Any comments that violates these simple rules, will be removed promptly – along with your full comment history. Oh yeah, you'll also lose further commenting privileges. So if your comments disappear, it's not because the illuminati is screening you because they hate the truth, it's because you violated our simple rules.

  • Jesse 3 years ago

    Canada has been playing with funny money since the Great Recession. Debt increasing faster than income is expected, considering how monumental the pile has become. Even a small shift in rates is enough to inflate it and kill consumption.

    • Mac 3 years ago

      This is why Canada eliminated the $5 foot long in 2012. 😜

  • Peizhi 3 years ago

    If debt and prices are still rising, time to raise rates even more. They left them way too low for way too long. It sucks to have to rapidly hike them, but how about we don’t debase currency and pretend it’s economic growth? mmmkay?

  • Mtl_matt 3 years ago

    If anything the stress test is way too optimistic on the possible rates the borrowers could be paying in 10-15 years.

    • SUMSKILLZ 3 years ago

      I think mortgage originators should tell folks, if rates return to historic norms, this is what you’d have to pay monthly to keep your home, at renewal. Might be a cause for pause for enough people to be worth the effort.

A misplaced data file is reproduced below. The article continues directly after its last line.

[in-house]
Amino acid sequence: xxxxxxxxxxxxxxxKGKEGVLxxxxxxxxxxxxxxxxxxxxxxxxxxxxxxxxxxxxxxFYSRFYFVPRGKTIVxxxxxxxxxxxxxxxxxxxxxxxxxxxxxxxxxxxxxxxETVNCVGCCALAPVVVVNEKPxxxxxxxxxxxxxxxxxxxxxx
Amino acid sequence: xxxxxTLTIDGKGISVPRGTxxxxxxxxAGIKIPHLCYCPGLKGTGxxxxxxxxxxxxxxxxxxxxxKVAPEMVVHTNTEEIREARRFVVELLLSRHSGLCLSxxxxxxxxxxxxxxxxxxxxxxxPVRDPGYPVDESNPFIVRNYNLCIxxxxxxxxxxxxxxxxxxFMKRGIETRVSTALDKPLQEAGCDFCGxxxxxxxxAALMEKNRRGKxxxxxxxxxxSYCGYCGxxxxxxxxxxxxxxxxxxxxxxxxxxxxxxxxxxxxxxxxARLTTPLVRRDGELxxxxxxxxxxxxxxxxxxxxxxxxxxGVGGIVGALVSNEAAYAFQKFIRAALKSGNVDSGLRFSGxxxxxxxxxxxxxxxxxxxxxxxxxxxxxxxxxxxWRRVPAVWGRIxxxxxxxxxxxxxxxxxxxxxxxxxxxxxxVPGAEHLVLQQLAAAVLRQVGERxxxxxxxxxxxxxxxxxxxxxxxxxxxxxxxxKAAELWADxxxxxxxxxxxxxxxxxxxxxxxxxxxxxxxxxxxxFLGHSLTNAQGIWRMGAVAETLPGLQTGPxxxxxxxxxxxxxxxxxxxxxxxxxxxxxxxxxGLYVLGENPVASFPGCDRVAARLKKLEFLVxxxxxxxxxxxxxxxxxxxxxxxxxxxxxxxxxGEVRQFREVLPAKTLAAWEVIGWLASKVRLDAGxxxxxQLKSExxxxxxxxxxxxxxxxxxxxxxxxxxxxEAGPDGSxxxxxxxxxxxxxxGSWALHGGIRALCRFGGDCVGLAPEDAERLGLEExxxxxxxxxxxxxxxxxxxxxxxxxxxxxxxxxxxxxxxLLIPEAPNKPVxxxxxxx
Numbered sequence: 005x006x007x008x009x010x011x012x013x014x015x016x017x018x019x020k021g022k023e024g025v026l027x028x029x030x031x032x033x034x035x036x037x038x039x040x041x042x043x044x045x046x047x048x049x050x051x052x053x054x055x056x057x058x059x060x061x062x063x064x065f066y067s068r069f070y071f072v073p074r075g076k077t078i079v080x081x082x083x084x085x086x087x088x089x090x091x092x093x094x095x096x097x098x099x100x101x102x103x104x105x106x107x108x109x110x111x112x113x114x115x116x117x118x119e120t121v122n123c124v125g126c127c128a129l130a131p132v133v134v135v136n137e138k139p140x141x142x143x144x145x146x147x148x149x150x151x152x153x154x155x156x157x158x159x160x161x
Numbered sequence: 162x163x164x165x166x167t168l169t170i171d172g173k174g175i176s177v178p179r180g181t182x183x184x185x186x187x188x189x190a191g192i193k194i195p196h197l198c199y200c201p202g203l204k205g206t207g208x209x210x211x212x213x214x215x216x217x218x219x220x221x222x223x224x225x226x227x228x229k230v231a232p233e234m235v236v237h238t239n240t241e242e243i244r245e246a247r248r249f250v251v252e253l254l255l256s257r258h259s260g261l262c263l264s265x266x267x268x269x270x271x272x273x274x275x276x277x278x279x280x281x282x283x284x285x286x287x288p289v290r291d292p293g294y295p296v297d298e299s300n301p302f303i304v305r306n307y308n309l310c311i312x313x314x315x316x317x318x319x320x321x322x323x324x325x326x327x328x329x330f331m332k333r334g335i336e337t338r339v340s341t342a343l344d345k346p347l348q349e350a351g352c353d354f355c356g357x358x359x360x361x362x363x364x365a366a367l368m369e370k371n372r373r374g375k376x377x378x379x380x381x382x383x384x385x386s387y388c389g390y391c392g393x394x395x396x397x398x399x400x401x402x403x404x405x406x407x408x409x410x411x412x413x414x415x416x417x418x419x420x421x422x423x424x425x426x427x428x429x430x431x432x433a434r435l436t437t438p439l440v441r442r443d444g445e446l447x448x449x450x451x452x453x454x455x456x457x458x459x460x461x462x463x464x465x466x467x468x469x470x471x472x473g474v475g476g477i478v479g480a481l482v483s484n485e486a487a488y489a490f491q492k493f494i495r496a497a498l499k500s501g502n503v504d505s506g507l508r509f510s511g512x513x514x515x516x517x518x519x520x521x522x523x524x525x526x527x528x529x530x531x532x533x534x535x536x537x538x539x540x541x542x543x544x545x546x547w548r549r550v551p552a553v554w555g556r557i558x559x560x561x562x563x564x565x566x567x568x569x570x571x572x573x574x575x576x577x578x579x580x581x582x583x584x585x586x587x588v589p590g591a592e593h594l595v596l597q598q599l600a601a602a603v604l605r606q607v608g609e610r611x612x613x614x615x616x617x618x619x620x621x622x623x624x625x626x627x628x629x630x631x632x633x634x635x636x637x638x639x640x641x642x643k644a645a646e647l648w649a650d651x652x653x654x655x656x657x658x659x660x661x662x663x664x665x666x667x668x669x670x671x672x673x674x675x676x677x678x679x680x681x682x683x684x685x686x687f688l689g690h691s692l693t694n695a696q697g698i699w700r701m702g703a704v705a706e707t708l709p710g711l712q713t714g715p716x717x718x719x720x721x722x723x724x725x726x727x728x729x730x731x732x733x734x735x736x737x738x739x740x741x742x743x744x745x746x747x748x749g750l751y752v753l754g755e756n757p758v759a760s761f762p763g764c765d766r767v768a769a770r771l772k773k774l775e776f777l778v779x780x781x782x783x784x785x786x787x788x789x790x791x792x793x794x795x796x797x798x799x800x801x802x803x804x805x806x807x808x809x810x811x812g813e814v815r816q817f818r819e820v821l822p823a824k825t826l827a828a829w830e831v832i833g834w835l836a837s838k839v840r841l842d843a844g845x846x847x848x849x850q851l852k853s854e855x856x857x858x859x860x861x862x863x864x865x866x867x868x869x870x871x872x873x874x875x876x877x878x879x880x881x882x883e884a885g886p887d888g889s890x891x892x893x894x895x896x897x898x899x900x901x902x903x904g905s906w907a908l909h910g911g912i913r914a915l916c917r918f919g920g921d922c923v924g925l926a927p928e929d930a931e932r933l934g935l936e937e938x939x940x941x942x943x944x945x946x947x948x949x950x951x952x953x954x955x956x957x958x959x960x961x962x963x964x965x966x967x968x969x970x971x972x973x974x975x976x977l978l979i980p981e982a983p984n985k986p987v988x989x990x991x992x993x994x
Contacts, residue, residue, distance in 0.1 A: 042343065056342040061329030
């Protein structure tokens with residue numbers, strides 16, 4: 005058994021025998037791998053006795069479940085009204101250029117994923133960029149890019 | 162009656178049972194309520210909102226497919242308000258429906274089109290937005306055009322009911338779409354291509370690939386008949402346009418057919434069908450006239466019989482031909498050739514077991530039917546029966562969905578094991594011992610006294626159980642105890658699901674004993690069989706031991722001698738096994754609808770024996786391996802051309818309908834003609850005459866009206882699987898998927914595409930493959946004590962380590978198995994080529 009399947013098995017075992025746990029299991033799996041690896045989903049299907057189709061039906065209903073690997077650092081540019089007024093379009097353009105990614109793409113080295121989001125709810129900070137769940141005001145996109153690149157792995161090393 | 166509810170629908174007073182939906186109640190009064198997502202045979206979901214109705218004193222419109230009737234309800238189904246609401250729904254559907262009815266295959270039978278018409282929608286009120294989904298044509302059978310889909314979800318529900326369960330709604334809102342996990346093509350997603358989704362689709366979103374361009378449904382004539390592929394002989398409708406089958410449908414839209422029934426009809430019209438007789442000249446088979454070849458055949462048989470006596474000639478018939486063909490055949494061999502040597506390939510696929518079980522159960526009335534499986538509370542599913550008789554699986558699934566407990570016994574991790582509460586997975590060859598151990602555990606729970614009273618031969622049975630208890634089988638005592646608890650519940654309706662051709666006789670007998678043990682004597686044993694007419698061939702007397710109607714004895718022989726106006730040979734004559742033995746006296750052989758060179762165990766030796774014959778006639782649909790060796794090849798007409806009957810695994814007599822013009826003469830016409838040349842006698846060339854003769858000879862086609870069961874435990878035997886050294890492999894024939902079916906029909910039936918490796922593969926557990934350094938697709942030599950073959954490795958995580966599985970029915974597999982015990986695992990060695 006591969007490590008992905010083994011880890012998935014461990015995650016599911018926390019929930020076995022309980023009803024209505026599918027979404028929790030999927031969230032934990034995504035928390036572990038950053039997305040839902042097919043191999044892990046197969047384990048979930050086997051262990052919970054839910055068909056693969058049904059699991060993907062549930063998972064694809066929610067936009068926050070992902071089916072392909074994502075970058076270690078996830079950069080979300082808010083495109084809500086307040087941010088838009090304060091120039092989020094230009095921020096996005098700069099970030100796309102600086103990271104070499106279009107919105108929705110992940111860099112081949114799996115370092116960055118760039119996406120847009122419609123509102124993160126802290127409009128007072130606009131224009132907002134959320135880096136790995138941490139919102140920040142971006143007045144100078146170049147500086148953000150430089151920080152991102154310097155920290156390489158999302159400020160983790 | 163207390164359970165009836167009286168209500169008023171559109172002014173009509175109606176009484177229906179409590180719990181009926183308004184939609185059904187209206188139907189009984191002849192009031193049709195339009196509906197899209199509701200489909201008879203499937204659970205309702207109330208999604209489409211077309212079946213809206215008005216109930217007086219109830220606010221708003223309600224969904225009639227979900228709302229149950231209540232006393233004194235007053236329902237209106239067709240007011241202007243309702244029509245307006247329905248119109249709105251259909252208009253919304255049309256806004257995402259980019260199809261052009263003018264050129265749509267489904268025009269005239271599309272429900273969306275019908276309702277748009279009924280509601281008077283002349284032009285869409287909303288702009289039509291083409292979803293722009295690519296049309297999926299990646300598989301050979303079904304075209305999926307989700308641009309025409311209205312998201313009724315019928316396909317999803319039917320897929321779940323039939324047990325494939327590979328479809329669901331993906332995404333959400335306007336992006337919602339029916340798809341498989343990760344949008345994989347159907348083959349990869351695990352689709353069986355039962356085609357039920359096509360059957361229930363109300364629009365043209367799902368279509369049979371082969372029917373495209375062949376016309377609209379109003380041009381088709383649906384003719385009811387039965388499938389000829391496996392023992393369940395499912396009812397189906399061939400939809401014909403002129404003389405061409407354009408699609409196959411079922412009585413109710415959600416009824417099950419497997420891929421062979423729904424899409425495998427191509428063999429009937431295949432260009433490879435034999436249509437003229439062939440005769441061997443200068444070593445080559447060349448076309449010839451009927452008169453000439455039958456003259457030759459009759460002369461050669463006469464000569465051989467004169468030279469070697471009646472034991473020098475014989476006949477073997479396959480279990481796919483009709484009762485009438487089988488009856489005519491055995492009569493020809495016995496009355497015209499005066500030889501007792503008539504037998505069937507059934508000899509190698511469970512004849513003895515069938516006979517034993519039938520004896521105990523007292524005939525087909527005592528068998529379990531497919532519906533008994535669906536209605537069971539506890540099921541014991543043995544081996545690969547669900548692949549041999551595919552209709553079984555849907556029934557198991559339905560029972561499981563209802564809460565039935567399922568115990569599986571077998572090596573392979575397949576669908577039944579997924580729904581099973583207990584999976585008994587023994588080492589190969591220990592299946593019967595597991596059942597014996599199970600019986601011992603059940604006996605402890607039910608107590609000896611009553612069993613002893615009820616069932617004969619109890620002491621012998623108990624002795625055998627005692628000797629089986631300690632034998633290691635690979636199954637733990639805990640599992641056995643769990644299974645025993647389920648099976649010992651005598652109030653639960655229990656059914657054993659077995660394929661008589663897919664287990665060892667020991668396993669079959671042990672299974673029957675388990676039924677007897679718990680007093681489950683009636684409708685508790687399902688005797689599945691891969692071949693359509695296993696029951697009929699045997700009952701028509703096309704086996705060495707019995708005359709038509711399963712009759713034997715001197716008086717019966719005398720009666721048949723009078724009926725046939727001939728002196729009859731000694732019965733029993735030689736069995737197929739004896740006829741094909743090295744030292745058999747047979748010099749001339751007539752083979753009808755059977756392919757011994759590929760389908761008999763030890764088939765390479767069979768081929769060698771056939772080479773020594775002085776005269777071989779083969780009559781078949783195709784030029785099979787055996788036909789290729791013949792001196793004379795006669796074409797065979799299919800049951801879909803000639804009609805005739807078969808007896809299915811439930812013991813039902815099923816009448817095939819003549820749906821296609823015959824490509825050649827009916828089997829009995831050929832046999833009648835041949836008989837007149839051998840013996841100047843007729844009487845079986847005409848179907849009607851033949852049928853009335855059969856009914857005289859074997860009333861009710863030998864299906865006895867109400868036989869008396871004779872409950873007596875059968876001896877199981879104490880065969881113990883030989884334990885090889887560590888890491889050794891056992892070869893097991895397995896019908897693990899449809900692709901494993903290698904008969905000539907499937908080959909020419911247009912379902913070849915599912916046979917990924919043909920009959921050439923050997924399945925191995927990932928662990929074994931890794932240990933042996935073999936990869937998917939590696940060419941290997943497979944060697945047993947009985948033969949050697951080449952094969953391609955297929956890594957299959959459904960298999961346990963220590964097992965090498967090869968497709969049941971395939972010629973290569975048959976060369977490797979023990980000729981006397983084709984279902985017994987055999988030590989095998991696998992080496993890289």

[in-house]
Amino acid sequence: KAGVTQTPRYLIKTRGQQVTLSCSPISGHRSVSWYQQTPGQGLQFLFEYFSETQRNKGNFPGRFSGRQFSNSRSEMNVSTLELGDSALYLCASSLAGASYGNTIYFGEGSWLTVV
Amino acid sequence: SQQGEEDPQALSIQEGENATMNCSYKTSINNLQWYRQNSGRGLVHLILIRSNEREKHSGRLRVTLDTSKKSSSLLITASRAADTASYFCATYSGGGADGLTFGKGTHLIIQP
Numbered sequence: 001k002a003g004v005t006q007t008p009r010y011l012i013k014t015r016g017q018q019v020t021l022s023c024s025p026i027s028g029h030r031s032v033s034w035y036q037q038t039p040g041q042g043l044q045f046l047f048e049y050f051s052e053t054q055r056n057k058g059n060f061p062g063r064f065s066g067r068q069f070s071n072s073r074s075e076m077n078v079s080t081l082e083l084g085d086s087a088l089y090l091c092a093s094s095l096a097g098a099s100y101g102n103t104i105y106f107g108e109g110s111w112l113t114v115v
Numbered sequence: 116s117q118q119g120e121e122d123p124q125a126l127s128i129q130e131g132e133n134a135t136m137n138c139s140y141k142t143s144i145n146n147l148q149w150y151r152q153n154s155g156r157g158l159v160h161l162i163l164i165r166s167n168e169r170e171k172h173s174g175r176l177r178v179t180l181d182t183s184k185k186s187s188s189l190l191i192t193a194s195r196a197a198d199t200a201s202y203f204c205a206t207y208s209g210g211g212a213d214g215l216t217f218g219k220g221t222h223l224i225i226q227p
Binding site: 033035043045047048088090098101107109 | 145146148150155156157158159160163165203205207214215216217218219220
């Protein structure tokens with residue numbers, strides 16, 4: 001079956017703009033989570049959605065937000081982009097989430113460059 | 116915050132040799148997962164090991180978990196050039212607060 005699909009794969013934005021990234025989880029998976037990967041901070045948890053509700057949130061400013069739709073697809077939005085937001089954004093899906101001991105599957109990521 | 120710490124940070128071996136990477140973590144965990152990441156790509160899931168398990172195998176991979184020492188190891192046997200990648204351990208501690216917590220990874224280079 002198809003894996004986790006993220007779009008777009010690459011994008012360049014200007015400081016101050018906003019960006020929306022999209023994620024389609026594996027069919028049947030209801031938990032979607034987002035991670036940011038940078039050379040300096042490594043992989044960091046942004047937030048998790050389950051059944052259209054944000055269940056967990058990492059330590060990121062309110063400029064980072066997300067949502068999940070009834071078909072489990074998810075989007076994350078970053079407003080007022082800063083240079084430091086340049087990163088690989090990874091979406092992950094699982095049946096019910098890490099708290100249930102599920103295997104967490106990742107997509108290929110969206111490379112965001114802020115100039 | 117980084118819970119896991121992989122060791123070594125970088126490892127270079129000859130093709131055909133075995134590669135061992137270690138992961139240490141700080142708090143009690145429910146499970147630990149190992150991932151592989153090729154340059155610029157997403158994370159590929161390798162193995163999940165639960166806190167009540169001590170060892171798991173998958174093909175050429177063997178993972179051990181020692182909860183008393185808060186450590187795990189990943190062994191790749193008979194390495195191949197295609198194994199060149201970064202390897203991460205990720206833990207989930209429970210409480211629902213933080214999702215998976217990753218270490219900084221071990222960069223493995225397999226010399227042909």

Building inspectors should also tell you ballpark costs for repairs over the life of your mortgage. Roofs, windows, doors, floors, plumbing, fencing, dang, it adds up to some crazy figures as the years go by. Its quite the horror show.

      • Brad 3 years ago

        I highly doubt that, people now don’t even take into consideration that holding an 800k house to term is going to cost them $1.5-1.8M and so their “double” is only nearly breaking them even, and paper gains evaporate quickly. Most people figure they can just kick the can down the road and spend spend spend.

  • Cto 3 years ago

    Sounds like you’re under a little stress?
    Don’t worry about it …it’s all good!
    Remember, these are great bullish times. If the government wants to keep the stress test, rent controls, raise rates, what difference does it make to you. ???Your capital appreciation will beat all that… Seems strange that you should care. I thought you were going to reply with “Bring It On. makes no difference to me!!!!”

  • Rana 3 years ago

    Just increase every thing like salary of all govt employees govt benefit old age gis minimum wage hair cut bus fare groceries rents and interest rate too

Comments are closed.